74.Yang Y, Hong Q, Shi P, Liu Z, Luo J, Shao Z. Elevated expression of syntenin in breast cancer is correlated with lymph node metastasis and poor patient survival. Breast Cancer Res. 2013;15(3):R50.
75.Hwangbo C, Kim J, Lee JJ, Lee JH. Activation of the integrin effector kinase focal adhesion kinase in cancer cells is regulated by crosstalk between protein kinase Calpha and the PDZ adapter protein mda-9/Syntenin. Cancer Res. 2010;70(4):1645-55.
76.Hwangbo C, Park J, Lee JH. mda-9/Syntenin protein positively regulates the activation of Akt protein by facilitating integrin-linked kinase adaptor function during adhesion to type I collagen. J Biol Chem. 2011;286(38):33601-12.
77.Sarkar D, Boukerche H, Su ZZ, Fisher PB. mda-9/syntenin: recent insights into a novel cell signaling and metastasis-associated gene. Pharmacol Ther. 2004;104(2):101-15.
78.Das SK, Bhutia SK, Azab B, Kegelman TP, Peachy L, Santhekadur PK, et al. MDA-9/syntenin and IGFBP-2 promote angiogenesis in human melanoma. Cancer Res. 2013;73(2):844-54.
79.Boukerche H, Su ZZ, Emdad L, Sarkar D, Fisher PB. mda-9/Syntenin regulates the metastatic phenotype in human melanoma cells by activating nuclear factor-kappaB. Cancer Res. 2007;67(4):1812-22.
80.Koo TH, Lee JJ, Kim EM, Kim KW, Kim HD, Lee JH. Syntenin is overexpressed and promotes cell migration in metastatic human breast and gastric cancer cell lines. Oncogene. 2002;21(26):4080-8.
81.Kim WY, Jang JY, Jeon YK, Chung DH, Kim YG, Kim CW. Syntenin increases the invasiveness of small cell lung cancer cells by activating p38, AKT, focal adhesion kinase and SP1. Exp Mol Med. 2014;46:e90.
82.Boukerche H, Aissaoui H, Prevost C, Hirbec H, Das SK, Su ZZ, et al. Src kinase activation is mandatory for MDA-9/syntenin-mediated activation of nuclear factor-kappaB. Oncogene. 2010;29(21):3054-66.
83.Langer EM, Feng Y, Zhaoyuan H, Rauscher FJ, 3rd, Kroll KL, Longmore GD. Ajuba LIM proteins are snail/slug corepressors required for neural crest development in Xenopus. Dev Cell. 2008;14(3):424-36.
84.Montoya-Durango DE, Velu CS, Kazanjian A, Rojas ME, Jay CM, Longmore GD, et al. Ajuba functions as a histone deacetylase-dependent co-repressor for autoregulation of the growth factor-independent-1 transcription factor. J Biol Chem. 2008;283(46):32056-65.
85.Ayyanathan K, Peng H, Hou Z, Fredericks WJ, Goyal RK, Langer EM, et al. The Ajuba LIM domain protein is a corepressor for SNAG domain mediated repression and participates in nucleocytoplasmic Shuttling. Cancer Res. 2007;67(19):9097-106.
86.Chang TH, Tsai MF, Su KY, Wu SG, Huang CP, Yu SL, et al. Slug confers resistance to the epidermal growth factor receptor tyrosine kinase inhibitor. Am J Respir Crit Care Med. 2011;183(8):1071-9.
87.Kurrey NK, Jalgaonkar SP, Joglekar AV, Ghanate AD, Chaskar PD, Doiphode RY, et al. Snail and slug mediate radioresistance and chemoresistance by antagonizing p53-mediated apoptosis and acquiring a stem-like phenotype in ovarian cancer cells. Stem Cells. 2009;27(9):2059-68.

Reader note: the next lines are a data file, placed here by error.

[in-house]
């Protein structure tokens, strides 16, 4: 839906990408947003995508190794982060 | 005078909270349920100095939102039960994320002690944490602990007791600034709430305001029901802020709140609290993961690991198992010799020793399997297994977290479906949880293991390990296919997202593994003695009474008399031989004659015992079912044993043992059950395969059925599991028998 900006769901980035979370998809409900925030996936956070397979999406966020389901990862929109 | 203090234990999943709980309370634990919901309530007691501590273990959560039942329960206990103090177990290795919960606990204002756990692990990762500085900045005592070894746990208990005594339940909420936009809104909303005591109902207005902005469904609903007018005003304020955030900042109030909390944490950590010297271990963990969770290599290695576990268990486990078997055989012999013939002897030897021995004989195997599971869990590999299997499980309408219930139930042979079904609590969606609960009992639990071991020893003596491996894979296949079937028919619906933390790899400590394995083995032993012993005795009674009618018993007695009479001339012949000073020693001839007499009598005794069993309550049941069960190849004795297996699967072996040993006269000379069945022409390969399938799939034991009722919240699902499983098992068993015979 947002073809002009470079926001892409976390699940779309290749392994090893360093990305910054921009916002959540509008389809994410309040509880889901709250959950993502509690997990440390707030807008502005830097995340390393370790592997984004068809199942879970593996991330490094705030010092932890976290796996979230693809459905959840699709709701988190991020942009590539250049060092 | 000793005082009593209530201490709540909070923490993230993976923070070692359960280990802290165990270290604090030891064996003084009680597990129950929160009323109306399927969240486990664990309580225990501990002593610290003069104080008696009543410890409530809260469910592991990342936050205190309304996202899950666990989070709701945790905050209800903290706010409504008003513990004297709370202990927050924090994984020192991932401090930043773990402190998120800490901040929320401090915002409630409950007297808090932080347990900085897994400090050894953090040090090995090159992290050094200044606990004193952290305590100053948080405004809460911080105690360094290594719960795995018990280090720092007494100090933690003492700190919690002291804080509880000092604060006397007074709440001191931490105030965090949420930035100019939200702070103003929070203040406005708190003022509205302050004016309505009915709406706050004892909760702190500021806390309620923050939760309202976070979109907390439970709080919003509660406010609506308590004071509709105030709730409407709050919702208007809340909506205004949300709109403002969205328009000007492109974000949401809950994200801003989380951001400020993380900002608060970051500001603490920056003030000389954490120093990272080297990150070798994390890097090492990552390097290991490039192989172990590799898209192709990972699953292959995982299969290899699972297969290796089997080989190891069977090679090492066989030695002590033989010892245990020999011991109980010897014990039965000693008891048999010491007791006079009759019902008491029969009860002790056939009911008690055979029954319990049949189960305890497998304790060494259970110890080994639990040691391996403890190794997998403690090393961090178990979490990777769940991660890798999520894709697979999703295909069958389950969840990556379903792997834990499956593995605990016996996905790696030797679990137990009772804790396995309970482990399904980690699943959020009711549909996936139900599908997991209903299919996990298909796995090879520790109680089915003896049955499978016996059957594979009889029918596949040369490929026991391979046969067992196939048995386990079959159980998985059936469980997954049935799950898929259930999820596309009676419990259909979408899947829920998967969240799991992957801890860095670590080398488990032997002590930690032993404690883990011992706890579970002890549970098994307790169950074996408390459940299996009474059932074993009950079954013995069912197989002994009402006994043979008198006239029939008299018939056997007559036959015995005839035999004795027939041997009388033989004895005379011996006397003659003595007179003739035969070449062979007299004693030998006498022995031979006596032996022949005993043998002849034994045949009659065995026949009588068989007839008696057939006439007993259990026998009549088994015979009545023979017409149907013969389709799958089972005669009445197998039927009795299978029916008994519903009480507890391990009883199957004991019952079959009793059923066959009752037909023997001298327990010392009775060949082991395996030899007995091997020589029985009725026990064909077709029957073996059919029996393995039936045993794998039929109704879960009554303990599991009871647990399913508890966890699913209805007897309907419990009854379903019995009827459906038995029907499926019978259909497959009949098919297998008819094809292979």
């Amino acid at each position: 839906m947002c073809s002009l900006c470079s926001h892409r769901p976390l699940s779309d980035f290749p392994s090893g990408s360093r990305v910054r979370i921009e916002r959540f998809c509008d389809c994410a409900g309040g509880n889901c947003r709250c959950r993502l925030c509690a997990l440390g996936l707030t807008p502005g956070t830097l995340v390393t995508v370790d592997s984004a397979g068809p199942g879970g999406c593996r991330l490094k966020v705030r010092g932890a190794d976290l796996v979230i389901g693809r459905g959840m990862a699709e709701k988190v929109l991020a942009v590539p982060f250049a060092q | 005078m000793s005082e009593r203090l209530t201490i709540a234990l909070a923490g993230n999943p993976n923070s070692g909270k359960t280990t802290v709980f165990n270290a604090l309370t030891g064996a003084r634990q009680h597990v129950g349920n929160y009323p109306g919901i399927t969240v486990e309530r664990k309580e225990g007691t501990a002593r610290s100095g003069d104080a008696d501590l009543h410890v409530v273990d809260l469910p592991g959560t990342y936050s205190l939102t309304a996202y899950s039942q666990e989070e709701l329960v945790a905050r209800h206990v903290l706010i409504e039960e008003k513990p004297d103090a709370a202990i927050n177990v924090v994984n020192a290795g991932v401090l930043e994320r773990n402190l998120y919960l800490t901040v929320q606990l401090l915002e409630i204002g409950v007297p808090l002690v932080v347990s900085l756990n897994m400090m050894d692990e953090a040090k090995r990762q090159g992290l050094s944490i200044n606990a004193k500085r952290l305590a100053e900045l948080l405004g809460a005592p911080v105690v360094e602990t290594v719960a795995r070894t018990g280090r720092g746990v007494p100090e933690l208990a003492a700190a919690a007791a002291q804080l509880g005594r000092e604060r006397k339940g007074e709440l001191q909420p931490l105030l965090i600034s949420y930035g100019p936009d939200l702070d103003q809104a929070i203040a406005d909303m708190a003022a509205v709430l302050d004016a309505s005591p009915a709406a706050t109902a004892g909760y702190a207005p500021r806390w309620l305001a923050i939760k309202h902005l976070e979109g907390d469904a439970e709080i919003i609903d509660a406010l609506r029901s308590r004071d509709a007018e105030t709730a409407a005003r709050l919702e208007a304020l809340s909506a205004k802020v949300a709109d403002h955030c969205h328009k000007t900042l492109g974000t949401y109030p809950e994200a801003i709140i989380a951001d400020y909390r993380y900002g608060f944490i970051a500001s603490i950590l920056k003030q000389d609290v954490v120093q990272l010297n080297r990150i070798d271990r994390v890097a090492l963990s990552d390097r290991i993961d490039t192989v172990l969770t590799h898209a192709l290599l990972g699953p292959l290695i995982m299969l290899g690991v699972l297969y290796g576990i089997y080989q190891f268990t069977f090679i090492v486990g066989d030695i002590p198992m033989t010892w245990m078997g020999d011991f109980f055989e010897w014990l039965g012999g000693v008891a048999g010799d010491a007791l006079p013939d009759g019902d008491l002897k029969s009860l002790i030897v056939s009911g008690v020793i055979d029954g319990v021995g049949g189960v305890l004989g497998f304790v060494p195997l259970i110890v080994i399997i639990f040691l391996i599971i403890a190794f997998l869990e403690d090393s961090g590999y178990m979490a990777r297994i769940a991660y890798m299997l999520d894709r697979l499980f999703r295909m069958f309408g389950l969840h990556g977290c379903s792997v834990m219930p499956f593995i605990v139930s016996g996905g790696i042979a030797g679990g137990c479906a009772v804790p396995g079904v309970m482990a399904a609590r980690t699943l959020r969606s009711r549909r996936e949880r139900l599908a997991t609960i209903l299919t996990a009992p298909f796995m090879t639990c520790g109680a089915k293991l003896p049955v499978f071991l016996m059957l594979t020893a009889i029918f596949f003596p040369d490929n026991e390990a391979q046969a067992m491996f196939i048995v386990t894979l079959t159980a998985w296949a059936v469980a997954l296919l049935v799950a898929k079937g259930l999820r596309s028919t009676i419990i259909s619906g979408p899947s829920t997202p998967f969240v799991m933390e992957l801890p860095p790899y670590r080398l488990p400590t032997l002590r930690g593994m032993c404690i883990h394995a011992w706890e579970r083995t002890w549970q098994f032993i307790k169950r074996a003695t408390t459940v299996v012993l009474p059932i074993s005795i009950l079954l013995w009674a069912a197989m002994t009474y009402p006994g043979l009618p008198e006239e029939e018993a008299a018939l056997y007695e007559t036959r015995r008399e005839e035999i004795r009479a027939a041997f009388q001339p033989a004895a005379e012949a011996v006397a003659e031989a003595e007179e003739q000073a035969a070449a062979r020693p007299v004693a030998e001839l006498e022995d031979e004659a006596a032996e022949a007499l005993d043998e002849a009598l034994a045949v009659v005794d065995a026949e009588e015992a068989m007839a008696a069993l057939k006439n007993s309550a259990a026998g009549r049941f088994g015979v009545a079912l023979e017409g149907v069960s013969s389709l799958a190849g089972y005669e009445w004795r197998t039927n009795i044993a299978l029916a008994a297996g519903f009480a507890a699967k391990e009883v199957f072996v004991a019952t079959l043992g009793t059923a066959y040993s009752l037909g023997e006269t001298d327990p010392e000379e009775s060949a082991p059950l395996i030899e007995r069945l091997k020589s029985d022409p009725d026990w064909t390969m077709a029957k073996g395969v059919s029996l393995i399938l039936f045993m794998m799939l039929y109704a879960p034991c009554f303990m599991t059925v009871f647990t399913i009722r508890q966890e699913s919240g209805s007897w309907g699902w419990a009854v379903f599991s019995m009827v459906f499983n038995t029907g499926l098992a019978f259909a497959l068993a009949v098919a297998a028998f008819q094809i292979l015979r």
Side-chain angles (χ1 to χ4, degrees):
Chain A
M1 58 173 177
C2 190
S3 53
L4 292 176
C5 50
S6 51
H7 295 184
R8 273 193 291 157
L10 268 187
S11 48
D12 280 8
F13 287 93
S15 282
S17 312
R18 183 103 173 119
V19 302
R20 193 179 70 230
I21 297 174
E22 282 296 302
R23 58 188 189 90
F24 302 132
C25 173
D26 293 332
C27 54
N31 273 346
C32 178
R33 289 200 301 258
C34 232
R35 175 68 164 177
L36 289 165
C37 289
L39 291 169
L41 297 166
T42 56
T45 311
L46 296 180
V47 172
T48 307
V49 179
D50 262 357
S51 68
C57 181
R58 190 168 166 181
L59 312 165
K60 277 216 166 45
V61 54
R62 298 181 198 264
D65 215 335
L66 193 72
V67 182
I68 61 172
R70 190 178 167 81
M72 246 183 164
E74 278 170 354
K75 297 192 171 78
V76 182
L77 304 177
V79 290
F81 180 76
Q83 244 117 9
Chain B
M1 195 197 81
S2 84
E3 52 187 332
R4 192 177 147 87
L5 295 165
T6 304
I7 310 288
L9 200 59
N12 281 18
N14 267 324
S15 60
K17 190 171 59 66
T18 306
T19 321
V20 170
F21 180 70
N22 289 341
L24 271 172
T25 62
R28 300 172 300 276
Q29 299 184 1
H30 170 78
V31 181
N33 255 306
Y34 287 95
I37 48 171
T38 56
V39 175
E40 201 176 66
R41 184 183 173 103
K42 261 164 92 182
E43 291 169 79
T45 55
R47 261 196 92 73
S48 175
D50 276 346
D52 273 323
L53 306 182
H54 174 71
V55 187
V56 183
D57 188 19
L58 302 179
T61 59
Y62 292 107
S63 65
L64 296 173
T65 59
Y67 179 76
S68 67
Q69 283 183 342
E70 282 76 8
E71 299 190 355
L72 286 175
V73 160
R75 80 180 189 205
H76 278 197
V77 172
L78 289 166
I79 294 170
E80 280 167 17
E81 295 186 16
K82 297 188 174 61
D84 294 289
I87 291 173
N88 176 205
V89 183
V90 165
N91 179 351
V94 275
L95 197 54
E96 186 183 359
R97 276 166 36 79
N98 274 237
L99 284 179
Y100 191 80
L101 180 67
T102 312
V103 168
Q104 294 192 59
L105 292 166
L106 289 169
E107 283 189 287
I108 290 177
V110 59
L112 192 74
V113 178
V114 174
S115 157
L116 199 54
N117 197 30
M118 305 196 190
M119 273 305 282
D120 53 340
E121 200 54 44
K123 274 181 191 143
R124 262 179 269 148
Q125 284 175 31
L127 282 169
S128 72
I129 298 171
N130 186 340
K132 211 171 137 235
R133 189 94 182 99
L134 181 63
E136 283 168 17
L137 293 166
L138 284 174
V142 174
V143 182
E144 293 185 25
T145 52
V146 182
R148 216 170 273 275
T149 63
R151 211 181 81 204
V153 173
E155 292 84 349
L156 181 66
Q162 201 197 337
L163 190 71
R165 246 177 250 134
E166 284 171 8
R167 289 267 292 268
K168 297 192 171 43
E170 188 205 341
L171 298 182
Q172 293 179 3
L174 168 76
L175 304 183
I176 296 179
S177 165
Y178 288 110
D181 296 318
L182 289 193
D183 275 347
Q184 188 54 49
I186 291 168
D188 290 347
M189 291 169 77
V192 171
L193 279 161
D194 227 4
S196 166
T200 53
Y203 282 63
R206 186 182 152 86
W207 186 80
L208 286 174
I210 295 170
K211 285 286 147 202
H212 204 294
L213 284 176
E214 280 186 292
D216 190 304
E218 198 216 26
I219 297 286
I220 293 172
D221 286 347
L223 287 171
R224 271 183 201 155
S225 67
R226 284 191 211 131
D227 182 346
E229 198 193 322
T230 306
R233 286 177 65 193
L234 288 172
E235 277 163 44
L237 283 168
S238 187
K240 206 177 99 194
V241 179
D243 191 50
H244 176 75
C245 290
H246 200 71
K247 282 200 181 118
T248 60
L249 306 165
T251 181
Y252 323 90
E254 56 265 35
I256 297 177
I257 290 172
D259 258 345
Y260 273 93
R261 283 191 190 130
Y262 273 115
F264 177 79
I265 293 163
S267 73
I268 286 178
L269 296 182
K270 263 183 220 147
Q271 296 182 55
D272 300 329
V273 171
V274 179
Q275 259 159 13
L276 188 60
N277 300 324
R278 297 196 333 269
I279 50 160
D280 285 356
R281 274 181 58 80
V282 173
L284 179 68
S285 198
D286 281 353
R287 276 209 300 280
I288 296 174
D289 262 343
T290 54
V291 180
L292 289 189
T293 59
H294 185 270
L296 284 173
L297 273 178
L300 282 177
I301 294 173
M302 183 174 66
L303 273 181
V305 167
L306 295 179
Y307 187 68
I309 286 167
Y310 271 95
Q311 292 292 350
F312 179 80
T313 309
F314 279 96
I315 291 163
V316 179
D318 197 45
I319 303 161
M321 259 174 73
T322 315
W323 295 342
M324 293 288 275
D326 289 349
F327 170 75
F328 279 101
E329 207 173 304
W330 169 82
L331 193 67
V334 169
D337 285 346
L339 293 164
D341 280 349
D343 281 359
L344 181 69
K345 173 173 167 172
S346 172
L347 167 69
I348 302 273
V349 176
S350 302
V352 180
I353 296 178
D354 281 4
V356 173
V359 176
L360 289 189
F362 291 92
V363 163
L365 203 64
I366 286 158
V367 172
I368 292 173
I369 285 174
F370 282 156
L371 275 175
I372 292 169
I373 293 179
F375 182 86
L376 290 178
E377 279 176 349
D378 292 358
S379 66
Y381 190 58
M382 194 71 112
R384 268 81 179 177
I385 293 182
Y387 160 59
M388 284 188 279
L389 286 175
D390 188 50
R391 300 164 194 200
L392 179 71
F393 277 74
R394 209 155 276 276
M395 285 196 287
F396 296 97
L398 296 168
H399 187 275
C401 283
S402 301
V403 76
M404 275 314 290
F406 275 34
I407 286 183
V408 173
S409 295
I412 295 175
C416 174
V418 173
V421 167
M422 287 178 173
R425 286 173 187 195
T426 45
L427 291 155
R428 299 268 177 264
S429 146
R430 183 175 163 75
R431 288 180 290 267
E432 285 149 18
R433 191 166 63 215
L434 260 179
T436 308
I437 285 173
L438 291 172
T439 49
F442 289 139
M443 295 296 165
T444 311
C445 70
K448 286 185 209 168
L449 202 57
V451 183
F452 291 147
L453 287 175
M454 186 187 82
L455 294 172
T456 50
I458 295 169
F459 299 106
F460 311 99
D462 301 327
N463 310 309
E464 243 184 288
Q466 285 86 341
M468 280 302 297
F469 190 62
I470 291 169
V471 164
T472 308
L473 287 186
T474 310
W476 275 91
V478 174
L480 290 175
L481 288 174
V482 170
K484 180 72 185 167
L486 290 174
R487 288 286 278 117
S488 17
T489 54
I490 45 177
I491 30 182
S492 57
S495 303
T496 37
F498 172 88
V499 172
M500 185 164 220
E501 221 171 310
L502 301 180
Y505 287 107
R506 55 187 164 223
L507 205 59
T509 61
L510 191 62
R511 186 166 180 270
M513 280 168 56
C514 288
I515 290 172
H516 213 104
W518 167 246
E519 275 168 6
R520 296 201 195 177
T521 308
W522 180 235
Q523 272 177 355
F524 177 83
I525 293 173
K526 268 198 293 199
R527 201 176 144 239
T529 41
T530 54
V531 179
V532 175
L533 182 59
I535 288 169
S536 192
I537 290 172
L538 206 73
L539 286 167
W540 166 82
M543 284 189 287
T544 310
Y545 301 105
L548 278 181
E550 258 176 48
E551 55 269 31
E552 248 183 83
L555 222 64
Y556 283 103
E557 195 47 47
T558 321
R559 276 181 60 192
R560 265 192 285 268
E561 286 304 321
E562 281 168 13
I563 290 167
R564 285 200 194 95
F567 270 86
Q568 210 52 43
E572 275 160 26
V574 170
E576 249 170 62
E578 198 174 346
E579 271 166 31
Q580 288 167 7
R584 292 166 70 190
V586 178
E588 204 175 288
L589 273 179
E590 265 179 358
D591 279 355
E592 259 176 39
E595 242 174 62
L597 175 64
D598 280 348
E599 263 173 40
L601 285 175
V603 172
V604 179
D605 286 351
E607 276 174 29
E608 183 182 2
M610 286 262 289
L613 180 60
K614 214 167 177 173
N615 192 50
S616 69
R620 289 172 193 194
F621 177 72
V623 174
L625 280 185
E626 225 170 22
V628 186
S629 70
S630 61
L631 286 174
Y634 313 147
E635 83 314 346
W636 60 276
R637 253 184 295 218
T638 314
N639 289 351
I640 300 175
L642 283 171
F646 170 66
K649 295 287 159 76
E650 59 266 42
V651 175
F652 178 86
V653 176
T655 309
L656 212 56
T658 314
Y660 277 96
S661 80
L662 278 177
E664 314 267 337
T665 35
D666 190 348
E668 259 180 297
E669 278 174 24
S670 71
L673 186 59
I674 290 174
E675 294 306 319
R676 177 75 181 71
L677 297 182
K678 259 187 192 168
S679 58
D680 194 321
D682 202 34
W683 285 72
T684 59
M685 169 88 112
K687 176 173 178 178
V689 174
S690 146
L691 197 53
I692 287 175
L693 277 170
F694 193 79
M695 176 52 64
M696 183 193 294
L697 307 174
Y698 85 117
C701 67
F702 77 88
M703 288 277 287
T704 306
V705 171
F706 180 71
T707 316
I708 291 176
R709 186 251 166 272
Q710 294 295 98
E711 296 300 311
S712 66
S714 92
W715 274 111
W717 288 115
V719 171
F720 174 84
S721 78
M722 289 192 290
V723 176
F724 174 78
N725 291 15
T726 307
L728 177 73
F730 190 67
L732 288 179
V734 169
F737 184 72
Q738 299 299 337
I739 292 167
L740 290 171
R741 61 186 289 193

88.Suda K, Tomizawa K, Fujii M, Murakami H, Osada H, Maehara Y, et al. Epithelial to mesenchymal transition in an epidermal growth factor receptor-mutant lung cancer cell line with acquired resistance to erlotinib. J Thorac Oncol. 2011;6(7):1152-61.
89.Zimmermann P, Tomatis D, Rosas M, Grootjans J, Leenaerts I, Degeest G, et al. Characterization of syntenin, a syndecan-binding PDZ protein, as a component of cell adhesion sites and microfilaments. Mol Biol Cell. 2001;12(2):339-50.
90.Gangemi R, Mirisola V, Barisione G, Fabbi M, Brizzolara A, Lanza F, et al. Mda-9/syntenin is expressed in uveal melanoma and correlates with metastatic progression. PLoS One. 2012;7(1):e29989.
91.Lin YY, Hsu YH, Huang HY, Shann YJ, Huang CY, Wei SC, et al. Aberrant nuclear localization of EBP50 promotes colorectal carcinogenesis in xenotransplanted mice by modulating TCF-1 and beta-catenin interactions. J Clin Invest. 2012;122(5):1881-94.
92.Okumura F, Yoshida K, Liang F, Hatakeyama S. MDA-9/syntenin interacts with ubiquitin via a novel ubiquitin-binding motif. Mol Cell Biochem. 2011;352(1-2):163-72.
93.Dasgupta S, Menezes ME, Das SK, Emdad L, Janjic A, Bhatia S, et al. Novel role of MDA-9/syntenin in regulating urothelial cell proliferation by modulating EGFR signaling. Clin Cancer Res. 2013;19(17):4621-33.

QRCODE
 
 
 
 
 
                                                                                                                                                                                                                                                                                                                                                                                                               
第一頁 上一頁 下一頁 最後一頁 top
無相關期刊